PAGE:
Community shows support for Timpview coach Louis Wong
Scott G. Winterton, Deseret News
PROVO — One of the most successful and beloved high school football coaches remains at the school he loves thanks to a meeting with his principal the support of hundreds of community members.
"I believe in Coach Louis Wong," said Stephen Covey, best-selling author and parent to three Timpview football players. "He is so much more than just a football coach. He represents Timpview and he stands for excellence. He is as fine a man and leader as I know."
He finished his address with a statement from former BYU head coach LaVell Edwards which said he has the highest regard for Wong and his leadership ability.
See video of Covey's full address here.
The Provo School Board met Tuesday to discuss a new policy governing fundraising and donations made to and for the benefit of public schools. Hundreds of people packed the boardroom to show support for Wong. Many feared he was going to lose his job over the issue.
Wong met with Timpview principal Dr. Todd McKee before the meeting and apparently worked out any issues. McKee told the standing-room only crowd, "We're committed to keeping Coach Wong at Timpview."
The crowd stood, applauded and cheered. An emotional Wong said the show of support was humbling.
"I think there was a good understanding between me and the new principal," Wong said afterward. "He and I had to understand that we could work together. We could change maybe some of the culture at Timpview. It's a great culture. The perception may have been that football dominates the culture. For all intents and purposes, we've been successful. As a person I need to look at myself, my staff … we want to build a complete Timpview … I think we can do that with my help and the help of Dr. McKee. We're learning that change is necessary."
Even Wong wasn't sure how the district's decision to institute fundraising guidelines ended with him fighting for his job.
"I'm not clear on what happened as far as things that happened that were out of my control," he said. "I've always done what I've always done … I was left on my own. I feel we've done things the right way."
The impetus for the new policy was the massive fundraising effort by the football program to build a new fitness facility on the school's campus. A committee made up of community members was formed in April, and they researched fundraising guidelines for public schools throughout Utah and surrounding states.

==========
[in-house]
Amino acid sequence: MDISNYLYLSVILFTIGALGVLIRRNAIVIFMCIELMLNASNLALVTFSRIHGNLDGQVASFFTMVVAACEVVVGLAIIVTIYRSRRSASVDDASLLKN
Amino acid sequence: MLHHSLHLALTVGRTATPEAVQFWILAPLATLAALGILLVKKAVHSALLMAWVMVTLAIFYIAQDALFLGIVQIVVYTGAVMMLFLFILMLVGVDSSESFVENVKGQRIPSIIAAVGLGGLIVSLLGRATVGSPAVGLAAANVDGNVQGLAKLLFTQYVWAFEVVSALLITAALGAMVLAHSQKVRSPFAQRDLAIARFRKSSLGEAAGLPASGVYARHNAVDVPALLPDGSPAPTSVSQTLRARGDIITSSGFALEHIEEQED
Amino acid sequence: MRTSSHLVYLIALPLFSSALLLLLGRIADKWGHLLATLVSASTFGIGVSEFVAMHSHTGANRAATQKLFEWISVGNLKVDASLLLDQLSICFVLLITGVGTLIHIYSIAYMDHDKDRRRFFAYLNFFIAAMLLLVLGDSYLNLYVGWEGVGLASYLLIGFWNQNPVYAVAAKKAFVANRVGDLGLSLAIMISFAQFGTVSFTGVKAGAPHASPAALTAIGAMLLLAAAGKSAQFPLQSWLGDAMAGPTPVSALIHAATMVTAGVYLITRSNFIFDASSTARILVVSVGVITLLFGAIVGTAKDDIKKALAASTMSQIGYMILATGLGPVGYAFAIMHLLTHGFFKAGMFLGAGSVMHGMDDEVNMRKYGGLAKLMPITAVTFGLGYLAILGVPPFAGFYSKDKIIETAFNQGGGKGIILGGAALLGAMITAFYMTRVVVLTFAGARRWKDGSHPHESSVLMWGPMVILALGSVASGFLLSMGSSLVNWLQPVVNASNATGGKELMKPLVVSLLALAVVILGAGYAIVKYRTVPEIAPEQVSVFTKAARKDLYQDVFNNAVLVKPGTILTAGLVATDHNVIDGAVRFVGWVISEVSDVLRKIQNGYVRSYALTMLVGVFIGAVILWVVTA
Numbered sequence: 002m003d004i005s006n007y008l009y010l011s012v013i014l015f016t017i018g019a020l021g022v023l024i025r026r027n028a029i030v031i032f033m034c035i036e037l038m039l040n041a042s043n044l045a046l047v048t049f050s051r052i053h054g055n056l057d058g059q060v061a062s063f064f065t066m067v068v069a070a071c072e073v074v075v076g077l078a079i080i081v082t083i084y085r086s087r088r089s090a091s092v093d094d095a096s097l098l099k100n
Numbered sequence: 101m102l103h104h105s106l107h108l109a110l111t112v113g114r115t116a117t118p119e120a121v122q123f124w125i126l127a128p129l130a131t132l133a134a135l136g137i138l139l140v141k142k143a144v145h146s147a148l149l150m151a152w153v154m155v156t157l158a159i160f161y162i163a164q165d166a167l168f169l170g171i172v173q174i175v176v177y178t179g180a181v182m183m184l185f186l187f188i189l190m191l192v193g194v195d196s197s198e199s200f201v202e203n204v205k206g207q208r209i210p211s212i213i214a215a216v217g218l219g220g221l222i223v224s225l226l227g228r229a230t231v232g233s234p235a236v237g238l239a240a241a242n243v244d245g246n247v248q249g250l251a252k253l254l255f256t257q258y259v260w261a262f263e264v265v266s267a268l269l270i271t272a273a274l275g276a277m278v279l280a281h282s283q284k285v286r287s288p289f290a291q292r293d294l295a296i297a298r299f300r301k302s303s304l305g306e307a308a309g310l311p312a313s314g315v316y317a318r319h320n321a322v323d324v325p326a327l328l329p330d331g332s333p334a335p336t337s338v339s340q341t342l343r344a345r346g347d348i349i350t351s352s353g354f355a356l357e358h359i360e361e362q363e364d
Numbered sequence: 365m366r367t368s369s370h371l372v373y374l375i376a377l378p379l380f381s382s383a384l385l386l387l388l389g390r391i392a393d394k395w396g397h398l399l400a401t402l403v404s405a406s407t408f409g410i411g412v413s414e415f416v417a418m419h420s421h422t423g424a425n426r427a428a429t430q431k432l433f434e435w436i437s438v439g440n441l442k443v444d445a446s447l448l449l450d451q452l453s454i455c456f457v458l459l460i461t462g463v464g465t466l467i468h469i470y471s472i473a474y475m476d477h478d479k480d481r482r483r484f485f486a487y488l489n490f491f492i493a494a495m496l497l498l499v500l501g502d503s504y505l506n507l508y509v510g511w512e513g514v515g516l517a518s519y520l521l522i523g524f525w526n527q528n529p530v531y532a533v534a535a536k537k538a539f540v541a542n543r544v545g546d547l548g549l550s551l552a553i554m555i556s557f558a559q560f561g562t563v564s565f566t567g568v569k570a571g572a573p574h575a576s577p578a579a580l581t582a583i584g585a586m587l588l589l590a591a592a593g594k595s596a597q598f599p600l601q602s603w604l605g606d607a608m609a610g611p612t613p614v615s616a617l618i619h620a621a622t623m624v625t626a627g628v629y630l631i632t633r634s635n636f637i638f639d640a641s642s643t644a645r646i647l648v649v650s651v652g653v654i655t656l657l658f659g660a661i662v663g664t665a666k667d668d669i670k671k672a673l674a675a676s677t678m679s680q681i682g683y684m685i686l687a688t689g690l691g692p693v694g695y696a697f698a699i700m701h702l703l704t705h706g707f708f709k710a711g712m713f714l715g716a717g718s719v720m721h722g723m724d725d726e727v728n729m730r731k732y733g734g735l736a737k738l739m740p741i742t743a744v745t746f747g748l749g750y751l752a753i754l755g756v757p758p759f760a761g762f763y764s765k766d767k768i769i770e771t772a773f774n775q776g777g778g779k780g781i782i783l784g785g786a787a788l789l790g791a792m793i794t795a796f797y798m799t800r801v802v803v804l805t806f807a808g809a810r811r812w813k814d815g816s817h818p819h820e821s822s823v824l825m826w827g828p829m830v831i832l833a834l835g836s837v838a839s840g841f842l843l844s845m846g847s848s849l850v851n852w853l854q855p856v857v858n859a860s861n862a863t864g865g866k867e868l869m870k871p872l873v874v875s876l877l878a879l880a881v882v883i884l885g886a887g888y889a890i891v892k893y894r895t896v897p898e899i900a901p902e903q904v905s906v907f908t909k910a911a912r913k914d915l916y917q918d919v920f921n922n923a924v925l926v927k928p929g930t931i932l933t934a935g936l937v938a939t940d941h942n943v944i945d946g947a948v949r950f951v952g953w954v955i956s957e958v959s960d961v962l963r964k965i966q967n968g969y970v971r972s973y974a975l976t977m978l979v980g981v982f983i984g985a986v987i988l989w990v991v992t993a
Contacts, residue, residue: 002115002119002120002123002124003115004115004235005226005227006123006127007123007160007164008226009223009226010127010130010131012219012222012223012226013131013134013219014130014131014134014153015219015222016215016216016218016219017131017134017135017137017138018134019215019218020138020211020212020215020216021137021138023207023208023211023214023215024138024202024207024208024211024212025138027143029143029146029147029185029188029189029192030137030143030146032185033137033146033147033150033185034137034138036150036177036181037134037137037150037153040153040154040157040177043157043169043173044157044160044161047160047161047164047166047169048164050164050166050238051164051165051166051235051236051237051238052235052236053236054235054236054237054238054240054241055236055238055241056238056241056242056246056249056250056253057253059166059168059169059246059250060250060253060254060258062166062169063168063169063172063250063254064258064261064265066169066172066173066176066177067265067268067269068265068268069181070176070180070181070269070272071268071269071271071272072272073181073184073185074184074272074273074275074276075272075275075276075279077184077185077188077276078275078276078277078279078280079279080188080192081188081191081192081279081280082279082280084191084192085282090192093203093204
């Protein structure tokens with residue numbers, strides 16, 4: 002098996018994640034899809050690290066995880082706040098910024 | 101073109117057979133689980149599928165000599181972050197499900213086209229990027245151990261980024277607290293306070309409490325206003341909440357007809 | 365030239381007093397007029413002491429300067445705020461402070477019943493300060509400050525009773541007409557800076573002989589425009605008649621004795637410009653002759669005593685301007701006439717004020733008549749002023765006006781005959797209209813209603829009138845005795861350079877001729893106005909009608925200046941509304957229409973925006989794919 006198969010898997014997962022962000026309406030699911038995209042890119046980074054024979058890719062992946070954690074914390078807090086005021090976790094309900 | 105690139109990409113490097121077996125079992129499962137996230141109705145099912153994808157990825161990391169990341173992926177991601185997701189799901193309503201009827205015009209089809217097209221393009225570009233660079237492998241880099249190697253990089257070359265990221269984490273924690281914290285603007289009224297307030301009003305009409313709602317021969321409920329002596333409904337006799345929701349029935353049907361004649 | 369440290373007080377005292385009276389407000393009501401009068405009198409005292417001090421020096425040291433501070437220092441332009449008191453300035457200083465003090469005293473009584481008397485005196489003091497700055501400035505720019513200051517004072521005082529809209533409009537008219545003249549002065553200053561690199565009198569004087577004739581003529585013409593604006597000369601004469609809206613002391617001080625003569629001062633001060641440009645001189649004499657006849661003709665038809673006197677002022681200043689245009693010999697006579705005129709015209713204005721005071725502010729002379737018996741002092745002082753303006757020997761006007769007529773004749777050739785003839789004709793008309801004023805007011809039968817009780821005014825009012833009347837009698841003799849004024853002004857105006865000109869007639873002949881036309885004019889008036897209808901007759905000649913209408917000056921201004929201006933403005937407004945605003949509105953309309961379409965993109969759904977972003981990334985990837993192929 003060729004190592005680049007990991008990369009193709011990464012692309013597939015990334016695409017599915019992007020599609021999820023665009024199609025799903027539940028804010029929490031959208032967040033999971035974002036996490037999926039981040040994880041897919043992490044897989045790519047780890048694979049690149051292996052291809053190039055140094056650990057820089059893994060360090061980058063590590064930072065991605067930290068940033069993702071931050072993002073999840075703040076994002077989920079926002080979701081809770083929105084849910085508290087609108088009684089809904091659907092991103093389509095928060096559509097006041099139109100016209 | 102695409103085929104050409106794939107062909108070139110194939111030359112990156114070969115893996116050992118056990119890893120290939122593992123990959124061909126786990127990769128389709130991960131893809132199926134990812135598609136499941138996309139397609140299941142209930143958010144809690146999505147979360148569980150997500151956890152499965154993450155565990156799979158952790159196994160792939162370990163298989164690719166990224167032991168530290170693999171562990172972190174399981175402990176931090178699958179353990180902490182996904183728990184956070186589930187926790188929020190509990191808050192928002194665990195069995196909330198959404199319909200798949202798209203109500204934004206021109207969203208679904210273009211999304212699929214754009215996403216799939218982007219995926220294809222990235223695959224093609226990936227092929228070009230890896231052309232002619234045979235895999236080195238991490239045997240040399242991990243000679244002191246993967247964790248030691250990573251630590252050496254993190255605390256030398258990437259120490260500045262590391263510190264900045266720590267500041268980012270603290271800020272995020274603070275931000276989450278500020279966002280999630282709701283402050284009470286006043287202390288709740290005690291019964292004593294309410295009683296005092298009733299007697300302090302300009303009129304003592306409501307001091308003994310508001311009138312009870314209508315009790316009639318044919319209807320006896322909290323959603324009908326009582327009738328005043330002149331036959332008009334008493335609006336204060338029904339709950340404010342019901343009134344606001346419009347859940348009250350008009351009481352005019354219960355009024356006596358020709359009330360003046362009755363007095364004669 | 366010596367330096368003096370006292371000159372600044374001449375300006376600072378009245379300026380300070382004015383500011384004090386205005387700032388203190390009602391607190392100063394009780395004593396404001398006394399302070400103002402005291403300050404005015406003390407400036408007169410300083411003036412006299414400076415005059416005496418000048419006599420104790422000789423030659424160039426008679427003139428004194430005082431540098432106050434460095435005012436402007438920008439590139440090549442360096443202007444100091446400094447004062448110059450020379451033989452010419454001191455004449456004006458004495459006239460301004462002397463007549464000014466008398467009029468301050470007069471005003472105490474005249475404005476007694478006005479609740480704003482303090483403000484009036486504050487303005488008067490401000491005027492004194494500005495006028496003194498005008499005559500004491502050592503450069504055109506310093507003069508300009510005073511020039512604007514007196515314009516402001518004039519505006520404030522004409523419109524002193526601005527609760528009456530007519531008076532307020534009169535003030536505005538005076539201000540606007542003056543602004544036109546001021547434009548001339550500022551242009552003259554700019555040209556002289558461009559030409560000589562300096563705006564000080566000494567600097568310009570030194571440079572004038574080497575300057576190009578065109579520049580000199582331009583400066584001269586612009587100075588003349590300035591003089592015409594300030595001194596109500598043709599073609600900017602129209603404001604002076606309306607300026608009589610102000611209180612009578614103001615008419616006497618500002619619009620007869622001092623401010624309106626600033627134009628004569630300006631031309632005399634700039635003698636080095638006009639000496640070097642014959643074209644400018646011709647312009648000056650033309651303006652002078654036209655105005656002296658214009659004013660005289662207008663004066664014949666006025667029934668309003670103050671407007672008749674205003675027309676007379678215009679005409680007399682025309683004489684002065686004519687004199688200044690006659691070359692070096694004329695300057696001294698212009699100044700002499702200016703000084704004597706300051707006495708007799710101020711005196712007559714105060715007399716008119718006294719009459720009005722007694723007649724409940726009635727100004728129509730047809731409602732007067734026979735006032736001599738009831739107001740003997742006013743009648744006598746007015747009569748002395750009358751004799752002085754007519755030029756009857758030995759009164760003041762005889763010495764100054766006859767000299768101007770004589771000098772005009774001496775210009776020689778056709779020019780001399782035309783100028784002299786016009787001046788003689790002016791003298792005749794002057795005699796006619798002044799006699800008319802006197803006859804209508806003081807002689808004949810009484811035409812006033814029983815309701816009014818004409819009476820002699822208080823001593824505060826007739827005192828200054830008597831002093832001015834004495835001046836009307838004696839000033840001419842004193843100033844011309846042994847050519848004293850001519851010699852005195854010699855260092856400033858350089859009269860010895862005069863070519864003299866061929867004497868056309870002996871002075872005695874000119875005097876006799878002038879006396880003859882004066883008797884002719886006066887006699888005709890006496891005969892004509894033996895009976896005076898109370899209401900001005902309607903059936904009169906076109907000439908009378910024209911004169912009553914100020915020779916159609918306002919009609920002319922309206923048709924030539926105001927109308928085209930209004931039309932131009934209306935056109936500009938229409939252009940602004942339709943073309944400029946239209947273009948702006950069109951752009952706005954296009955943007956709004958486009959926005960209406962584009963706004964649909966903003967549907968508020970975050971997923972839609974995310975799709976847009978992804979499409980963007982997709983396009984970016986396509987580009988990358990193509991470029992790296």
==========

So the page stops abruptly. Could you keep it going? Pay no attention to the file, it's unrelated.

"We felt like it was disregarded completely," said committee member Mitzi Collins, of the research and work done by the group. She said they hoped to come up with guidelines that encouraged philanthropy and respected donor intent.
"We thought we should try to say yes when we could," she said.
Parents, former and current players, business leaders and fellow coaches spoke about Wong's impact, which reaches far beyond the football field.
"It would be a detriment to our community if Coach Wong isn't the coach at Timpview," said Provo head coach Sia Pope. "It's a detriment to this valley.."
Former BYU running back Harvey Unga said Wong had taught him "invaluable lessons including love and perseverance."
See video of Unga's full account here.
Parent Tracy Rawle said he donated to the program and then received a call from the district questioning him about it.
He called the inquiry "sneaky and misleading" and chastised officials for the way they've handled this situation. He said donors should be thanked not harassed.
"That just isn't right," he said.
Wong, who is 77-10 as a head coach with four state titles, said he is looking forward to being part of the solution. McKee took over the Timpview principal's job in July of this year. He declined to comment on the issue after the meeting, but Wong said he was confident the two could work together to resolve any issues.
"We'll work hard to put some of our selfishness aside to do what's best for kids," he said.
Wong said he's never had any guidance on fundraising efforts.
"We definitely need some guidelines," he said. "I did my best. I worked my hardest to do what was right. Was it done correctly? My perception was that everything I did was right and proper. But we need checks and balances. We'll change and move forward."
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